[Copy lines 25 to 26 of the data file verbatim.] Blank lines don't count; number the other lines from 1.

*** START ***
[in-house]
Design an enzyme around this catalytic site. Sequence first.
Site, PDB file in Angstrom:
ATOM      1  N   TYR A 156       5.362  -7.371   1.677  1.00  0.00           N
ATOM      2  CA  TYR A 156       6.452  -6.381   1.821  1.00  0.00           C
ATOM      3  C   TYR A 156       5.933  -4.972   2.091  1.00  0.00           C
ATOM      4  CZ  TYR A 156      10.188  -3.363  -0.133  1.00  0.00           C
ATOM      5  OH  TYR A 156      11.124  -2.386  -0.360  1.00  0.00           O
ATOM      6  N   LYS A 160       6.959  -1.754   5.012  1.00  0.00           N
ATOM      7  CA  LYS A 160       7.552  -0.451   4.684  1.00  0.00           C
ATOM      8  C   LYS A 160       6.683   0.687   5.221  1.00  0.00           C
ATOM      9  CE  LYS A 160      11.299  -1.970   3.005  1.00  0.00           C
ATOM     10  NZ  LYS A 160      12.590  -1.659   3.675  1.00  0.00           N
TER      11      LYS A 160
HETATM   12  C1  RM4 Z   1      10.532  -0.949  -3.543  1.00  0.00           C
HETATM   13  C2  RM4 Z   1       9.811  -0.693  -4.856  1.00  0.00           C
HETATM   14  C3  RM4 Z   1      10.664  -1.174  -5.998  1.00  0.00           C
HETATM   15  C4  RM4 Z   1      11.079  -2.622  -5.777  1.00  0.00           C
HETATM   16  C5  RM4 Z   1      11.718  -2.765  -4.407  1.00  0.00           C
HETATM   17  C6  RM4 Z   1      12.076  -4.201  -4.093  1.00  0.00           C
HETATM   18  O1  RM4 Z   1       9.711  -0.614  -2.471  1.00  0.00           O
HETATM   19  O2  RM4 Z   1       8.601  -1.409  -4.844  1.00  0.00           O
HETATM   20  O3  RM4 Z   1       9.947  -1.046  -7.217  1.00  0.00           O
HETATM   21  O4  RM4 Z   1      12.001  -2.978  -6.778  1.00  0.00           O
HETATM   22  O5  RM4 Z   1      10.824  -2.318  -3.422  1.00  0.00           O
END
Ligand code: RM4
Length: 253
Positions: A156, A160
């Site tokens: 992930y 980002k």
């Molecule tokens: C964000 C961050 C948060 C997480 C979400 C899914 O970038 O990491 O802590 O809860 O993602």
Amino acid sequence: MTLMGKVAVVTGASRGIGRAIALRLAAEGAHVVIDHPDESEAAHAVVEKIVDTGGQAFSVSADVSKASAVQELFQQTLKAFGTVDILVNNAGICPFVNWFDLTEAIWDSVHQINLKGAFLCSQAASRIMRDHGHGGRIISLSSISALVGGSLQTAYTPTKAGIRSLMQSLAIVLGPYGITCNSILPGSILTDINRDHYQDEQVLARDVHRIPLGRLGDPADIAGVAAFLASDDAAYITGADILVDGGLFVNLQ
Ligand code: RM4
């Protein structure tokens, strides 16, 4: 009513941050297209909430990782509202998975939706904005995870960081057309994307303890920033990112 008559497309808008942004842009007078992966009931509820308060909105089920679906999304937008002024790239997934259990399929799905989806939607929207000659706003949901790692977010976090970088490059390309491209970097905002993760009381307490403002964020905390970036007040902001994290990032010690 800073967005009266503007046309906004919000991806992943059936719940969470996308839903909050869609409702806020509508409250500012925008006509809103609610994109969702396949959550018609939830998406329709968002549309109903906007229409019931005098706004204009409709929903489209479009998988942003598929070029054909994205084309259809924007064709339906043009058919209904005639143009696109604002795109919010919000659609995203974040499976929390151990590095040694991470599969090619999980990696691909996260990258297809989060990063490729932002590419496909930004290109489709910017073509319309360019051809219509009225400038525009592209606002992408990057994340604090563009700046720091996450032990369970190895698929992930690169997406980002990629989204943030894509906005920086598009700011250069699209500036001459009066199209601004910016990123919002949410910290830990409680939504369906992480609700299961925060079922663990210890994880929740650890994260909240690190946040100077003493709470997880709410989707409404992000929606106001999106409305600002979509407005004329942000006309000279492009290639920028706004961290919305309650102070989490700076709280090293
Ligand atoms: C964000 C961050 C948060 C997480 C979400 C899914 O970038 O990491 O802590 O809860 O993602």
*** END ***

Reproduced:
HETATM   22  O5  RM4 Z   1      10.824  -2.318  -3.422  1.00  0.00           O
END